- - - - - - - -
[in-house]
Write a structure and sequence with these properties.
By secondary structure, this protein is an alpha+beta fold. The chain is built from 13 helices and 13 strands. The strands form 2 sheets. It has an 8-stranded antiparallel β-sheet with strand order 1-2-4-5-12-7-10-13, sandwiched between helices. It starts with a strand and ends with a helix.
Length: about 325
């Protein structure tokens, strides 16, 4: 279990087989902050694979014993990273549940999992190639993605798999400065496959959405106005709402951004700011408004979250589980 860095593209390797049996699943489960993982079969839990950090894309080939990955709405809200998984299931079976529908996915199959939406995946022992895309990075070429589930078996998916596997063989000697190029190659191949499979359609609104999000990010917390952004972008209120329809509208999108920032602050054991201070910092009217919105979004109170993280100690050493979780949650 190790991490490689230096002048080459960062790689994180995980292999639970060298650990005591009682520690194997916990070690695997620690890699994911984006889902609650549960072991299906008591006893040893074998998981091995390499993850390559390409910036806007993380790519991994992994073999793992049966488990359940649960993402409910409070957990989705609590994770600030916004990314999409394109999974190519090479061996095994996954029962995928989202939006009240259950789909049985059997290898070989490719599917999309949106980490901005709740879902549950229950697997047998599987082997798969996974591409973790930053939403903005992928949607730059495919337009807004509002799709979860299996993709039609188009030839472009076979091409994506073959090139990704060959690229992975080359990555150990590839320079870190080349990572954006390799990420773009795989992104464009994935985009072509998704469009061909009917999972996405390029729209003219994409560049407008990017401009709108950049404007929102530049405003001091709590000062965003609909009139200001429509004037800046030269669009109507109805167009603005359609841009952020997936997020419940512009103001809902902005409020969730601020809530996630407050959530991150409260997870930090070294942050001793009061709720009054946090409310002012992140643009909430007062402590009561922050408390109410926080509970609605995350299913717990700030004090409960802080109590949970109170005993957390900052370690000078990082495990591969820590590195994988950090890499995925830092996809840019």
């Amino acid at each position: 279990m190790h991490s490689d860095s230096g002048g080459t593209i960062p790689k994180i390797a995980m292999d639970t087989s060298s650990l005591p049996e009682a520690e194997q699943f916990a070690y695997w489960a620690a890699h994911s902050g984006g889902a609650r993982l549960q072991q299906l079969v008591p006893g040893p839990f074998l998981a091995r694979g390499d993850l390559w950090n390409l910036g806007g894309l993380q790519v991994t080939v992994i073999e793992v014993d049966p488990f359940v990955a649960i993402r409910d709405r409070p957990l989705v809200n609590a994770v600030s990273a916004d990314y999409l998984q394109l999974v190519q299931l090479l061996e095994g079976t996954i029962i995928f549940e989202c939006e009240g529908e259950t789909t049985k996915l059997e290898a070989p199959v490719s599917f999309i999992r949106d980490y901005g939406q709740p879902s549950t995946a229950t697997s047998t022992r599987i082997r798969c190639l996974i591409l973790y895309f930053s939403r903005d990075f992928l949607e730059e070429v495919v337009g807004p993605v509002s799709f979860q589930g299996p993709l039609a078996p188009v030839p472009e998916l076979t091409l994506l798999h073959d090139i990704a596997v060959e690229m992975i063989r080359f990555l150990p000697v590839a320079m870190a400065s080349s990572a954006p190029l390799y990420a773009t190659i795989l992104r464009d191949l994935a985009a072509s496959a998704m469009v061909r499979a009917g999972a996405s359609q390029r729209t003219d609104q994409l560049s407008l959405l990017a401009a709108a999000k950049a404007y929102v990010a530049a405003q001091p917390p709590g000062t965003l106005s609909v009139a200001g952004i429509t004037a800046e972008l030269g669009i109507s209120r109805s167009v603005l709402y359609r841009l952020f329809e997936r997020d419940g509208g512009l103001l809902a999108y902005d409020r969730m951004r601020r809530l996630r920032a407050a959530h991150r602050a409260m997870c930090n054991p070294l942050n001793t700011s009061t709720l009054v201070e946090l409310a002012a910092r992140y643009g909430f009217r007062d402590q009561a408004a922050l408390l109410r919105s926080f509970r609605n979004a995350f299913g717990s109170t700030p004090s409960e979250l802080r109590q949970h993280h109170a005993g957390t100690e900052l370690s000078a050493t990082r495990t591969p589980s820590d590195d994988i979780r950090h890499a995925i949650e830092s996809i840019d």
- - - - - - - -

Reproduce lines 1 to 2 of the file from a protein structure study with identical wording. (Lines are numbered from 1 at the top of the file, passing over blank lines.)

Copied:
[in-house]
Write a structure and sequence with these properties.